Posted by Robin_Gr

On paper this sounds fantastic. I hope its good.

Posted by MattyFTM

Really looking forward to this. It looks awesome.

Moderator
Edited by Manburger

Yeah, definitively lookin' forward to this! I really appreciate Ed's sensibilities, and most of his previous projects are quite radical.

And a hearty heellls yeah for the return of Danny-B!

Posted by plop1920

Danny is making the soundtrack again? Nice!!!!!

Posted by MutieMoe

Looks interesting.

Posted by tourgen

pretty happy with the gameplay types they are mashing up. Those 3 are well up in the top 10 of game types I like to play, so good news!

Posted by mb_ross

I'm getting very excited for this game.

Posted by MisterMouse

hmm I will take a look at it, but I still dont know how I feel about it.

Posted by Alex_Carrillo

I do not like the art style.

Posted by Kyle

Next month?? Wow, I never would have thought it would be out so soon! That's awesome.

Posted by Juicebox
@HBK619
SONY keeps rejecting these guys. Sorry go complain to sony.
Posted by CaresserDundee

The rooms look kinda bland to me. I'm sure there are other themes in the rooms but that he releases two screenshots of very similar look worries me. Either way I hope he is releasing it on XBOX 360 eventually as well, even if he dislikes Microsofts handling of his previous game. I would love a proper XBLA roguelike that plays well on a controller. Epic Dungeon on Indie is great as well but it's not really that fleshed out compared to it's computer brethren.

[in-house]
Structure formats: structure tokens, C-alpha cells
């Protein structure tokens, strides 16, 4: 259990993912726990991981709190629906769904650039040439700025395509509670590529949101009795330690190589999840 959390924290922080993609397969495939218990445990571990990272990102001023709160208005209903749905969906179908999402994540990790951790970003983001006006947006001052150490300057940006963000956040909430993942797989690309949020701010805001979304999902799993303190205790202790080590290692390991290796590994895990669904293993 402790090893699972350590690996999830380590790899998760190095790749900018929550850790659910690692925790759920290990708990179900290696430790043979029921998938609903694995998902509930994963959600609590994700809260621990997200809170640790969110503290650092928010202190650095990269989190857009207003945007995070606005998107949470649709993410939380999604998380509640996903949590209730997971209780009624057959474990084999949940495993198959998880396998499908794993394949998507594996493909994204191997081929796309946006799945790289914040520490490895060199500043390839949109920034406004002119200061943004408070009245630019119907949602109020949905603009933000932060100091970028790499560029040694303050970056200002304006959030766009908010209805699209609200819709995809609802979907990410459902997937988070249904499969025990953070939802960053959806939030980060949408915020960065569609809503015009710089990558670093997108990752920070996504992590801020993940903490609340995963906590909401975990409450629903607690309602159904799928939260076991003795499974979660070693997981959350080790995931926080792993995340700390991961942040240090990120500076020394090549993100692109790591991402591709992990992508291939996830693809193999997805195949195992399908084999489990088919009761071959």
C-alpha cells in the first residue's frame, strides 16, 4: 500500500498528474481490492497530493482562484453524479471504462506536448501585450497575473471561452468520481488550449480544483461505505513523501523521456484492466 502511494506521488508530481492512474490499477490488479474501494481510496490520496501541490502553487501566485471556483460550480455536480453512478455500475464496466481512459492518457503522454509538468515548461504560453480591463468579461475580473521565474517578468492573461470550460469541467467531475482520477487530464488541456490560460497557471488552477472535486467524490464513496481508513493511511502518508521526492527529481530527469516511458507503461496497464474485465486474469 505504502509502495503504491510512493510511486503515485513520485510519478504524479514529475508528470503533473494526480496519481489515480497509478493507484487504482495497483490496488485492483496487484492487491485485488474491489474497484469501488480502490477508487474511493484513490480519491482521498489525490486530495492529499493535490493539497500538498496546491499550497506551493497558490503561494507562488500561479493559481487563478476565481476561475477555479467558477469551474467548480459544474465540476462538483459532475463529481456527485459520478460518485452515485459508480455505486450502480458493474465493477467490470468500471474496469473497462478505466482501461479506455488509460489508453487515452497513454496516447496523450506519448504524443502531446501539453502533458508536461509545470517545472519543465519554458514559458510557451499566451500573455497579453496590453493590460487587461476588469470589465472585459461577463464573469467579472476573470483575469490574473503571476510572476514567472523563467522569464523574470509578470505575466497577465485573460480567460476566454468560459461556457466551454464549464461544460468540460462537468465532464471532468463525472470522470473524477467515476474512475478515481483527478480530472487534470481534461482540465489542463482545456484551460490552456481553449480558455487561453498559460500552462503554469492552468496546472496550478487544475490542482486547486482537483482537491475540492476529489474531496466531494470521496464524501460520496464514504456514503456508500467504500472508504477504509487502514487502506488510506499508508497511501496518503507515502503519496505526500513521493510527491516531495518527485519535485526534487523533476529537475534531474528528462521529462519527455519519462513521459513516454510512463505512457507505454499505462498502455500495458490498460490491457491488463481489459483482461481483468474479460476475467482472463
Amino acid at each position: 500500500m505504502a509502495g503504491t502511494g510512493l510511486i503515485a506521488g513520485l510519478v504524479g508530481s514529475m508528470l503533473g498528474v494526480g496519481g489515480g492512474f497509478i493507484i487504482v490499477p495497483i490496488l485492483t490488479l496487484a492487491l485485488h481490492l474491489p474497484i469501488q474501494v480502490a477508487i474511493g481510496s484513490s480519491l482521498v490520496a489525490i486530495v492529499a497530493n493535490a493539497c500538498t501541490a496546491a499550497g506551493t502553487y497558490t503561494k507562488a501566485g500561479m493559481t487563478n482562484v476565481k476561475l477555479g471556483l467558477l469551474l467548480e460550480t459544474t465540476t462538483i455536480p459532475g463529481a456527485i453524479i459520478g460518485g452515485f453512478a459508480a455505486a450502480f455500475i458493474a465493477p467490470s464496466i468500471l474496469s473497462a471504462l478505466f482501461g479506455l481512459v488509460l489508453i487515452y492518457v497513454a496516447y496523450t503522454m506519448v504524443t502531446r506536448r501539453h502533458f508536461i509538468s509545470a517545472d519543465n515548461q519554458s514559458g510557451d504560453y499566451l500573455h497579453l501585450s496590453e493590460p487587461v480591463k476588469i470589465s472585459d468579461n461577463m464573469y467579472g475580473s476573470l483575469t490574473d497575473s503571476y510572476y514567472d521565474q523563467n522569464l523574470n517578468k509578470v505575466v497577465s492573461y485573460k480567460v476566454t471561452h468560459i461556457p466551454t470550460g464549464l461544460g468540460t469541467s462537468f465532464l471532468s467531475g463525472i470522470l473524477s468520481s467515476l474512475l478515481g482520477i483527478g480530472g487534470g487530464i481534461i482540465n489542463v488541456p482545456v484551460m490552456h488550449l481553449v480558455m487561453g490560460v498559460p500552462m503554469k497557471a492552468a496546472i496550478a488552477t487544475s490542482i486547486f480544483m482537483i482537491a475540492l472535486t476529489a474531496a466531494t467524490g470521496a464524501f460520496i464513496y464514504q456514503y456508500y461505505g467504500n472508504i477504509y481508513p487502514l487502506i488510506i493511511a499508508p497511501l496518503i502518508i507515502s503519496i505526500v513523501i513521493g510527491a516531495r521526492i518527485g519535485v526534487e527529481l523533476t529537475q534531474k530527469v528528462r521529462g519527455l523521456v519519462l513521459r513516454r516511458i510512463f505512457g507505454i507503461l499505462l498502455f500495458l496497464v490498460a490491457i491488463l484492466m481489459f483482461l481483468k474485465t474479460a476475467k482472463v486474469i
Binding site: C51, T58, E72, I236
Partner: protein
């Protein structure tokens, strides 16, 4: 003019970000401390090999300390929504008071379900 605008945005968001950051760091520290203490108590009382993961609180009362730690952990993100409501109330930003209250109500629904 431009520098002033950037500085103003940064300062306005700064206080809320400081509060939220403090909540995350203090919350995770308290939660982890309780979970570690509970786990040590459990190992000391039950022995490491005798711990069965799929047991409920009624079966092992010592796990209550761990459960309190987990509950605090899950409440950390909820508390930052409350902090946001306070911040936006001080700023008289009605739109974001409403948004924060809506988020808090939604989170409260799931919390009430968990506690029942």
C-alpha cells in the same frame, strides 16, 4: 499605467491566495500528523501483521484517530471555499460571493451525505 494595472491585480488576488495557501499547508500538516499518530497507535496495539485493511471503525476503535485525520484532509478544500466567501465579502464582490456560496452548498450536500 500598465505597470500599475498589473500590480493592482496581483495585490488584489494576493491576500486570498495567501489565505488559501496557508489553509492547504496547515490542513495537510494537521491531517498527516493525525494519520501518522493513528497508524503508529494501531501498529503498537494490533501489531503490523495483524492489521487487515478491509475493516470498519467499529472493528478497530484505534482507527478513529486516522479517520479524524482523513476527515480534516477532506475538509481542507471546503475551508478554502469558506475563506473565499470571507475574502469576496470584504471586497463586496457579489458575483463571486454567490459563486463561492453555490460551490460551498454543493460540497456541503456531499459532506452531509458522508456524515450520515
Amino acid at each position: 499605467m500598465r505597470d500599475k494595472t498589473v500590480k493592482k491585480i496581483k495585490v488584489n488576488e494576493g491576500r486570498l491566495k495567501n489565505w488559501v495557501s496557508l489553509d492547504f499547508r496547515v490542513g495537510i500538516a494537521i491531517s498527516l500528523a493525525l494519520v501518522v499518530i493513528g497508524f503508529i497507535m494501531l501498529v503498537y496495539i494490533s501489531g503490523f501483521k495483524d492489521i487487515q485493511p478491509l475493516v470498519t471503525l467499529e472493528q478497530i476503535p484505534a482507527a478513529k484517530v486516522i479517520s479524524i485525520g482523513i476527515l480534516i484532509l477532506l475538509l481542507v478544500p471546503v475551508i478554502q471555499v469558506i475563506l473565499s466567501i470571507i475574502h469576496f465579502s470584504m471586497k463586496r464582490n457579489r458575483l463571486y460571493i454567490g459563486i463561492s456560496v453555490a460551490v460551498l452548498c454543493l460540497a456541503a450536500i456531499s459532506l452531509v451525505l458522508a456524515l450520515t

Posted by HBK619
@Juicebox said:
@HBK619:  SONY keeps rejecting these guys. Sorry go complain to sony.
They didn't reject them though. Team Meat have said themselves that Sony just took too long to say yes to the product, by the time they had, Team Meat decided it was too late to go ahead with anything.
 
And yet they still persisted with the Wii version, wasting all that time for nothing...
Posted by MormonWarrior

That...looks hideous. I dunno, I love me some Meat Boy, but that looks pretty horrible. I'll give 'em the benefit of the doubt, but it does not look all that promising.

Posted by SSully

I can't wait. Never played a rogue like in my life, but it sounds fun.

Posted by Koshka

@admanb: Well, the procedural generated dungeon crawl, permadeath, steeper learning curve, varied loot, "losing is fun"...

I also consider tunbased to be a huge factor, which is why I don't dig calling this a rouge like. Seems more Diablo to me to be honest.

Posted by spartan1017

Team Meat? Color me interested.

Posted by HerbieBug

Anything any part of Team Meat makes I will buy.  Loyal fan forever.